1. Crypto art is art made for the future. As our walls become screens and our field of vision becomes enhanced with augmented reality, we will seek precious and meaningful objects to surround us (just as we always have). Whether in the much anticipated "metaverse," the many digital worlds and games we frequent, or in our own living rooms and peripheral vision, this new generation of art is made for our future.

      this to me is one of the actual realest points - that NFTs are the future of art for the metaverse & digital everything we find ourselves in

    2. ransformative economic model for artists via NFT contracts. This is perhaps my favorite advantage of all — the ability for artists to automatically gain a percentage of every sale of their work in the secondary market in perpetuity. I mean, can you imagine!? Artists can evolve from getting ~50% of the initial acquisition price of their work in a gallery to a new world where they get 80%+ (depending on marketplace they use) of the proceeds on their initial sale plus 10–15% of every secondary sale forever! Imagine the families of artists anywhere receiving residuals for generations much like the world's greatest bands as their work continues to grow in value and trade hands. F----ng transformative.

      Agrees that it is the smart contract residual % payment royalty aspect that is the most powerful aspect of NFTs

      heard from some others though that you can do off chain transactions of the NFT to get around this ?

    3. This NFT world is likely the greatest unlock of artist opportunity in 100+ years. This isn't a suboptimal or fringe version of the real-world art economy, it is a vastly improved one.

      its fascinating how this may be simulatenously true with the fact that NFTs in their current actual implementation are a scam.. eg regarding copyright, minting on other chains, NFT frozen to a specific URL, NFTs can be trasnferred off chain / OTC such that the 10% royalty doesnt happen, etc etc)

      what ive come to see is that the reality is it doesnt matter - people making decisions on their career or specific investments, this matters a lot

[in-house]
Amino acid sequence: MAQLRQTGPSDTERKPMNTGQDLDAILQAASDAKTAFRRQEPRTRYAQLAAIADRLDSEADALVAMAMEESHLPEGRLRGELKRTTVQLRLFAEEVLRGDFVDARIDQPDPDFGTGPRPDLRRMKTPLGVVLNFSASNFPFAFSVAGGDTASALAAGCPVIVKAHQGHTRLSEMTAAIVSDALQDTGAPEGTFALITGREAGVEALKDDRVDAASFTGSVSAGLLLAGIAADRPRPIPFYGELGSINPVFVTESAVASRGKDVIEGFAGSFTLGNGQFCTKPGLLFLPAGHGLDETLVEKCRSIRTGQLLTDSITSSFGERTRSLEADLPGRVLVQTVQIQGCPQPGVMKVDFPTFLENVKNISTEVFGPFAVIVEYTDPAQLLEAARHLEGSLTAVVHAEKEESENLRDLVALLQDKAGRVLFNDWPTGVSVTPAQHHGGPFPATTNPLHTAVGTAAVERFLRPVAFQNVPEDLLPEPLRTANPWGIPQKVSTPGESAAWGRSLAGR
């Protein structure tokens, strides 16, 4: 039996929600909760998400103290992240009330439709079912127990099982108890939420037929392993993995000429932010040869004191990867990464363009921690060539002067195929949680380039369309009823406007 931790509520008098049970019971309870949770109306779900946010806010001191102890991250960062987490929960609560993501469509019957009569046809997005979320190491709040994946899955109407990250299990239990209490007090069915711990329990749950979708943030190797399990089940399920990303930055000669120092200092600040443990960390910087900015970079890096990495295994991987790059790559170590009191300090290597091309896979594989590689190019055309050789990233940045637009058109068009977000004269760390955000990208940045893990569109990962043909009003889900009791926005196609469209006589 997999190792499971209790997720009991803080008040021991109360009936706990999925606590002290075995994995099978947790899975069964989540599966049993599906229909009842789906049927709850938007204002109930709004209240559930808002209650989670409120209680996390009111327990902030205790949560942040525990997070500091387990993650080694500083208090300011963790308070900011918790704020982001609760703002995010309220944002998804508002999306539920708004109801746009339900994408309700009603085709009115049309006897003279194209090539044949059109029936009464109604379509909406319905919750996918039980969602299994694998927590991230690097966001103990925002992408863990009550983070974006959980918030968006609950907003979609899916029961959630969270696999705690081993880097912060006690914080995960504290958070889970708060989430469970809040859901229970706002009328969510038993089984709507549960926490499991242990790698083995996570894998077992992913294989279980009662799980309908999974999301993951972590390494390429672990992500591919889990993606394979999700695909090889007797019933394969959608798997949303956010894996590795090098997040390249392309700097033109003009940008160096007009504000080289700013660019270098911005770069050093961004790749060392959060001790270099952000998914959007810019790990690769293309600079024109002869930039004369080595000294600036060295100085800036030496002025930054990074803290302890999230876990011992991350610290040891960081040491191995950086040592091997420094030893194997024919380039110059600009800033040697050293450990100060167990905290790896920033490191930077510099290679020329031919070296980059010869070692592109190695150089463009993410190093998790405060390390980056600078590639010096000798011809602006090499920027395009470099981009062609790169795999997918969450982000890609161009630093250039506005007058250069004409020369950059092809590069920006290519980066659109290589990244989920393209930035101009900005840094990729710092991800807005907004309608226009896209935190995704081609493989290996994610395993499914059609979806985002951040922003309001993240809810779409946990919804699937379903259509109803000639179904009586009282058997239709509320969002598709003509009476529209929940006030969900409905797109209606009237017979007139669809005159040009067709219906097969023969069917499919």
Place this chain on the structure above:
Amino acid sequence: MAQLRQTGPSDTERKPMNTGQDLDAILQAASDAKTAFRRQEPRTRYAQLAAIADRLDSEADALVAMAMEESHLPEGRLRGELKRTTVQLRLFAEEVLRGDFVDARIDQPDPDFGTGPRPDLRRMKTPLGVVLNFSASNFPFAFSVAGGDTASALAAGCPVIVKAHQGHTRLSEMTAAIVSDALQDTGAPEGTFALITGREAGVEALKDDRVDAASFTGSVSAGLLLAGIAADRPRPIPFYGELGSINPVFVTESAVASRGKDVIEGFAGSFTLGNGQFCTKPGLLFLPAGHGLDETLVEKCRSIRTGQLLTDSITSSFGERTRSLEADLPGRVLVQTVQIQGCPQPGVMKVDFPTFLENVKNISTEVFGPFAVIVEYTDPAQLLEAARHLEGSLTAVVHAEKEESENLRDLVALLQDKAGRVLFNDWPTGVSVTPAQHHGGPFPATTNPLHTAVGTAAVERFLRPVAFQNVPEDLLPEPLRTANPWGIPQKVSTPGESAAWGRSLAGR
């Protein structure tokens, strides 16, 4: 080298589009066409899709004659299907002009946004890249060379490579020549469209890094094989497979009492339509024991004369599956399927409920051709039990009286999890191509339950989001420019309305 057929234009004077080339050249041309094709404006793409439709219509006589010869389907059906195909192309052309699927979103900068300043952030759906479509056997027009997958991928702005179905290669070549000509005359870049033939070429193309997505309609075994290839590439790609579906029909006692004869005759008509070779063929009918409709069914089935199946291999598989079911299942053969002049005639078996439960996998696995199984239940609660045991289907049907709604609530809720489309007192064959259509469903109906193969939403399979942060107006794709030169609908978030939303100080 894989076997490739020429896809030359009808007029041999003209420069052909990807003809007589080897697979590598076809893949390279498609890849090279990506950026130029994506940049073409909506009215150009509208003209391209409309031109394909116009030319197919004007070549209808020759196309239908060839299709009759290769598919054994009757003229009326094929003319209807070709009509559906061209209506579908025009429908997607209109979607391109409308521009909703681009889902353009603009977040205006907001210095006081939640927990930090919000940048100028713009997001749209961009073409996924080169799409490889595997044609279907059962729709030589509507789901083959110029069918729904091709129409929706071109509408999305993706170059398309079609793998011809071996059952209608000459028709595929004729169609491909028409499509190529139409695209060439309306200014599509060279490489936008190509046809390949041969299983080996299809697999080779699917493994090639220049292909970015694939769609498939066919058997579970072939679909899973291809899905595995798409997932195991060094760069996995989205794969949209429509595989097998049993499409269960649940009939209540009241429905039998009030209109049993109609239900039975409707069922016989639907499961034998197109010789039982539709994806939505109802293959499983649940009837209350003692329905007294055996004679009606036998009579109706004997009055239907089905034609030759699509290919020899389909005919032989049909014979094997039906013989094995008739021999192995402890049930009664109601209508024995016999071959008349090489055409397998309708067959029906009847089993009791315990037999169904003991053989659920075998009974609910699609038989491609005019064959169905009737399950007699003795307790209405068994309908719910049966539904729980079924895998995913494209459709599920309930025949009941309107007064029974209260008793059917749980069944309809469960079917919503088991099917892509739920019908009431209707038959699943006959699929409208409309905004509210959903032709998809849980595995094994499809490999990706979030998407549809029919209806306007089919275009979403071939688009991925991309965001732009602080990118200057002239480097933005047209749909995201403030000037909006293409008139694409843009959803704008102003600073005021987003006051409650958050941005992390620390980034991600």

.. but before people thinking of diving into this cuz it may be the next big thing for the next 20 years, then ya that's probably correct

      this is massive cuz a lot of the problems will be solved one by one methodically even if its crappy today, itll be improved steadily cuz we are good at developing, what were bad at is blank sheet

      cant believe im agreeing with this belsky guy

    1. Katz points out this is an “extreme example to prove a point.” YellowHeart wants to show people how much control can be put into the ticket with smart contracts. Going forward, he says this same tech can be used for general tickets, which could be a huge advancement in the secondary market. Every time an NFT is resold, a percentage of money earned could go to the artist — or whoever is included in the contract, perhaps even a charity. (In such instances, YellowHeart can also set a maximum price that the NFT can be resold at, eradicating scalpers.)

      Dit is volgens mij een killer feature van NFT's in muziek. De rest is leuk maar dit is superinteressant

    1. HOWTO useful to combine a [[foam]] garden with encrypted git repos in keybase.io.

      But needs further tweeks to make it work when the garden is served under GitHub-pages, because jekyll fetches recursively any submodule, and will chocke on the private repo.

    1. A cryptoasset is a digital asset that uses cryptography, a peer-to-peer network, and a public ledger to do three things: To regulate the creation of the units, to verify transactions and to secure these transactions without any middleman.

      crypto asset def

  7. Feb 2021
    1. To whom the phrase "don't roll your own crypto" was mostly intended for and why? Hypes like Terra Quantum...

  8. Dec 2020
  9. Jun 2019
    1. The company has sky-high hopes that Libra could become the foundation for a new financial system not controlled by today’s power brokers on Wall Street or central banks.